Category Archives: Phillip K. Dick

Sci-Fi Escapism

It’s so humid here in England (i.e. barely humid at all in comparison to the East Coast of the U.S. or Colombia’s Caribbean coast, but after such long bleak winters anything over 20-degrees C is open-toed shoes weather). Perfect for sci-fi escapism!

Eye in the Sky (Philip K. Dick)

Think the multi-leveled world of Inception mixed with the demented bodily fluids of Rick and Morty. I.e., totally whack. Any summary of this book is a bit of a spoiler, but so it goes. Basically, a group of people (a young boy, his conservative mother, an even more conservative old man-military type, a schoolmarm type lady, the African American tour guide, our hero Jack Hamilton, and his potentially undercover Communist wife) are caught in a lab accident. At first, it appears that they’ve been transported to a seemingly parallel universe, one controlled by an Old Testament-like God (who prefers to be referred to by the term (Tetragrammaton) – yes, the parentheses are intentional), complete with biblical plagues, punishment, prophets based in Cayenne, Wyoming, and a very straightforward reward-by-prayer system. However, it turns out the reality of their situation (believe it or not) is a lot more strange. A LOT.

The first-place most insane scene in this book involves this sentence: “The house-creature was getting ready to feed.” The second-place most insane scene involves characters disintegrating into conscious, bloated, wiggling blobs as essential chemicals (certain metallic salts, specific nitrates, iodine and so forth) are eliminated from the world, in the most crazy game ever of who-can-outdo-who, now-you-see-it, now-you-don’t. It’s hard to explain, but take me at my word: you won’t forget it.

Nobody does it like Dick does, especially in terms of writing about illusions vs. reality. Absolutely mental. What will I do once I’ve read all his books? Kill myself in despair?!

The Book of Strange New Things (Michel Faber)

I loved this! Definitely up there with one of my favorite reads of 2017. I couldn’t put it down! It’s a great book to read on a plane (I read it almost in one sitting). Apparently Faber wrote this when his wife was dying of cancer, and has said he will never write another novel again. Very sad.

Overall, this combines quite a few of my interests: aliens, apocalyptic collapse, cats, religion… I thought it was very interesting how thoroughly the book inhabits Peter’s “missionary” perspective. I can’t think of many other books that seem genuinely interested in exploring a religious mentality, as opposed to just criticizing it. The way the novel brings in Peter’s past is also very well done and subtle; what an effective way at conveying backstory without bogging us done in a bunch of flashback scenes. I loved all the scenes with the aliens, and found Peter’s final interaction with them very moving, especially in terms of the aliens-vs-humans theme (the ability to heal, have scars, move forward) . And I loved the letters exchanged between him and his wife, which really were the heart of the book for me.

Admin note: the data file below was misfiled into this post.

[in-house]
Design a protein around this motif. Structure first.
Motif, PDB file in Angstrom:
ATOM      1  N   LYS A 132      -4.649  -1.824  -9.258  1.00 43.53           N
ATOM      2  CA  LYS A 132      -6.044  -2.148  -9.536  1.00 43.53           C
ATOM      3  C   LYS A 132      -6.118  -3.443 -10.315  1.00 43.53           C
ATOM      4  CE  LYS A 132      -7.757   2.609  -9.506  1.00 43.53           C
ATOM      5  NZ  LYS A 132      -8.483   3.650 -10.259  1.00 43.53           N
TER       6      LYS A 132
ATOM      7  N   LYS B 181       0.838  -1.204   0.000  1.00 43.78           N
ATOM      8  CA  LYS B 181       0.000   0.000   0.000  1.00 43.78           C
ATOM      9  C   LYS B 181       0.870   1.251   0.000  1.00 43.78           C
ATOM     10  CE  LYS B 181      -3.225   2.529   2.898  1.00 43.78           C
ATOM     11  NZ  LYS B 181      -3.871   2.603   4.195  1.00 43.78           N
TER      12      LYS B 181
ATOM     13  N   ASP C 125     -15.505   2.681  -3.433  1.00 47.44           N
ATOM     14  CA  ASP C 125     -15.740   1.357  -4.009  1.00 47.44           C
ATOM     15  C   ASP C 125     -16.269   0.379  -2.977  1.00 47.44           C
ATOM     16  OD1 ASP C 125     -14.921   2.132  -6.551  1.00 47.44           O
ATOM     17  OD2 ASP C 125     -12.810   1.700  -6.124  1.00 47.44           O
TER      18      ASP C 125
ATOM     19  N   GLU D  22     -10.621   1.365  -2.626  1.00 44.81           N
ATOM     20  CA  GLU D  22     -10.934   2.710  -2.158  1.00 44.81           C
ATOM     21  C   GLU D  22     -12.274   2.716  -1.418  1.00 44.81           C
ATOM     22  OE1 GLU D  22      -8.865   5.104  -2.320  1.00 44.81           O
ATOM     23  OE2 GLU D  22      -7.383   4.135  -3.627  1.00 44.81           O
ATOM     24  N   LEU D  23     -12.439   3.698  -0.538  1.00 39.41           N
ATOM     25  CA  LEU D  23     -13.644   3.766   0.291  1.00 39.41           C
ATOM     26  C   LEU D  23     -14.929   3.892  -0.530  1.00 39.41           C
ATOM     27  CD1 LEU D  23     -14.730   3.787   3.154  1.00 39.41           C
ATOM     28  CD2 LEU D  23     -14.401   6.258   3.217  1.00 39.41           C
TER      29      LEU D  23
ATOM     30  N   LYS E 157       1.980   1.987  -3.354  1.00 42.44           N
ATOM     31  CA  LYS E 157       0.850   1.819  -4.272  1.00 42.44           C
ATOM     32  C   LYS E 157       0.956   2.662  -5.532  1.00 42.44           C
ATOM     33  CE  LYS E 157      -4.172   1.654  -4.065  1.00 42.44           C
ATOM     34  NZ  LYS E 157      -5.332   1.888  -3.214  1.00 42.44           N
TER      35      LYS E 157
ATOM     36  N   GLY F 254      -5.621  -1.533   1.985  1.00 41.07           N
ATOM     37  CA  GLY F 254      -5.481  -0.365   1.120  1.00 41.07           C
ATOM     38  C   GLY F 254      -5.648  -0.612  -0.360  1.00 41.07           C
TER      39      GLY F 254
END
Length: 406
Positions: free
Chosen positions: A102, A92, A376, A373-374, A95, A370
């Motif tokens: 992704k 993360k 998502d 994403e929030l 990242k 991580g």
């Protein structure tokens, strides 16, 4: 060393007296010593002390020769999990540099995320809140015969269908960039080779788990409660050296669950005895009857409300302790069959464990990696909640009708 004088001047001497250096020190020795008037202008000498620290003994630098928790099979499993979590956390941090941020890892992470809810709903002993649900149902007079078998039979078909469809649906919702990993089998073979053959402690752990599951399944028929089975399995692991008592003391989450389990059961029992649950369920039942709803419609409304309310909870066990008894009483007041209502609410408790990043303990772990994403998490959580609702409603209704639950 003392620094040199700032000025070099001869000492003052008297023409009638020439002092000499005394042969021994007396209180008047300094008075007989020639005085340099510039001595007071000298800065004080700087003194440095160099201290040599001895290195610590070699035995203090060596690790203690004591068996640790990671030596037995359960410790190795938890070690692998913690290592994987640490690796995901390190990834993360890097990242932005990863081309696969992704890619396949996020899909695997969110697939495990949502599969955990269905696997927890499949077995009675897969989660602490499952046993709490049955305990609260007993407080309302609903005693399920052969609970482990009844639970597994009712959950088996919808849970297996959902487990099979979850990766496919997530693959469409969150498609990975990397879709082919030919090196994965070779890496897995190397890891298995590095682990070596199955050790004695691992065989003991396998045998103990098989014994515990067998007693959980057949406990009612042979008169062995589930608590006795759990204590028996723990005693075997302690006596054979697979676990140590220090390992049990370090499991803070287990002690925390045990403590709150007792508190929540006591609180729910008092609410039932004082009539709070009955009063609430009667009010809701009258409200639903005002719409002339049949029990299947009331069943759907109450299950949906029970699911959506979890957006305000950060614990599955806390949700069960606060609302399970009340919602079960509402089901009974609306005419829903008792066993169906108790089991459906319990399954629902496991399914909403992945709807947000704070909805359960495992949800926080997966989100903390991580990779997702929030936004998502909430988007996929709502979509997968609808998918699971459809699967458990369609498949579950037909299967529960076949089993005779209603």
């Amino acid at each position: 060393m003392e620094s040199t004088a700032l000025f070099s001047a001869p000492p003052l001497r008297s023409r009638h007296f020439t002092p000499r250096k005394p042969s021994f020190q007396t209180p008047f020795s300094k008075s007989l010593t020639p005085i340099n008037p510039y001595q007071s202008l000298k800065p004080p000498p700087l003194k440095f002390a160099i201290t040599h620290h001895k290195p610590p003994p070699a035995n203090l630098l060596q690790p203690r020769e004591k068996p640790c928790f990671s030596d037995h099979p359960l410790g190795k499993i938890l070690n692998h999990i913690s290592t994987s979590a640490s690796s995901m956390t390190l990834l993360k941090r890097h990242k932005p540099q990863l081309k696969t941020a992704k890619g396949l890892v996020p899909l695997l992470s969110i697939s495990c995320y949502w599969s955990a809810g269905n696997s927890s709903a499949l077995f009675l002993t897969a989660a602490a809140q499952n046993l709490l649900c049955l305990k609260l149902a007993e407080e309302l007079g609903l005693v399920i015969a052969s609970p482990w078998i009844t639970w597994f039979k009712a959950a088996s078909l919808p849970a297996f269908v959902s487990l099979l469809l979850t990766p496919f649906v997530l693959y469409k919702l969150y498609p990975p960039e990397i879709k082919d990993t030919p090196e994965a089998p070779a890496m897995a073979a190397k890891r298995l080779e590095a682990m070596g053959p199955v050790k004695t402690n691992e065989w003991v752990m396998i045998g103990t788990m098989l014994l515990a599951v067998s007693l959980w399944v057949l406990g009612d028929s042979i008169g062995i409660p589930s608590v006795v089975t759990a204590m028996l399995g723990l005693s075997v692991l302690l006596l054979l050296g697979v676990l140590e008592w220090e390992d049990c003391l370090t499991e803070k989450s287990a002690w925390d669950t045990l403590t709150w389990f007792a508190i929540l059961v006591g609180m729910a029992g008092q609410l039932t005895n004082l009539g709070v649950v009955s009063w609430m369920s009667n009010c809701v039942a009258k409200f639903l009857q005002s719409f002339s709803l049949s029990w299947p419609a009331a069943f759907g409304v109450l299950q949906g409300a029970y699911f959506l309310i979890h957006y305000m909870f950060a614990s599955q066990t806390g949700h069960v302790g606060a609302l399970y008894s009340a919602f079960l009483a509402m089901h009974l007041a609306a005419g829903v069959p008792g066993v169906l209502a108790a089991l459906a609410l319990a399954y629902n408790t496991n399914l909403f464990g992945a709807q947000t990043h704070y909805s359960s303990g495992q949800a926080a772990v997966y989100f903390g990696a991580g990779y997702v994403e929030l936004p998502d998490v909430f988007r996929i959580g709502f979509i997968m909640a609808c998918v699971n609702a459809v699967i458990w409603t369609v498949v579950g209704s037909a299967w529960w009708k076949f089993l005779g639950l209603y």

I found what this book says about love very powerful – how do you stay close while going through very different experiences together, while very far away (in the book’s case, light years)? How do you keep going forward when the world goes to shit? Will future generations even care if they don’t know what things were like before?

A strongly recommended, entertaining read.

The End We Start From (Megan Hunter)

I love me a good book about the end of the world! Apparently this is going to be made into a film by Benedict Cumberbatch – I sure hope they don’t dumb it down. For example, a dumb way of pitching this would be The Road with a pregnant woman. Ugh, pitches, so gross. But I enjoyed this (again, read it in one sitting): it’s well written, short, and easy to read. I definitely kept turning the pages. And there’s a nice checklist of appropriately apocalyptic moments (tin food, radio fragments, flooding, etc). It’s written in a very anecdotal, fragmentary style – vaguely Coetzee-esque – very appropriate for short attention span of the Internet age. And what’s also interesting about this book is the theme of return and rebirth – it’s not “just” about this terrible even that causes everything to disintegrate and fall apart; it’s more looking-forward than that, which is pretty unique.

When I first read this, I wanted to know more about the husband and what he went through, but now that some time has passed I think I’m okay with not knowing. It feels more realistic in regards to relationships – you don’t always know what a persona has gone through, does anybody ever really “know” anybody, etc. Ultimately I like books that don’t describe or explain everything, and despite my occasional craving as a reader to have more narrative satisfaction, despite my initial reaction I now think it’s smarter of the author to deny us that. Kudos to the editors too for not shoe-horning in a boring explanation.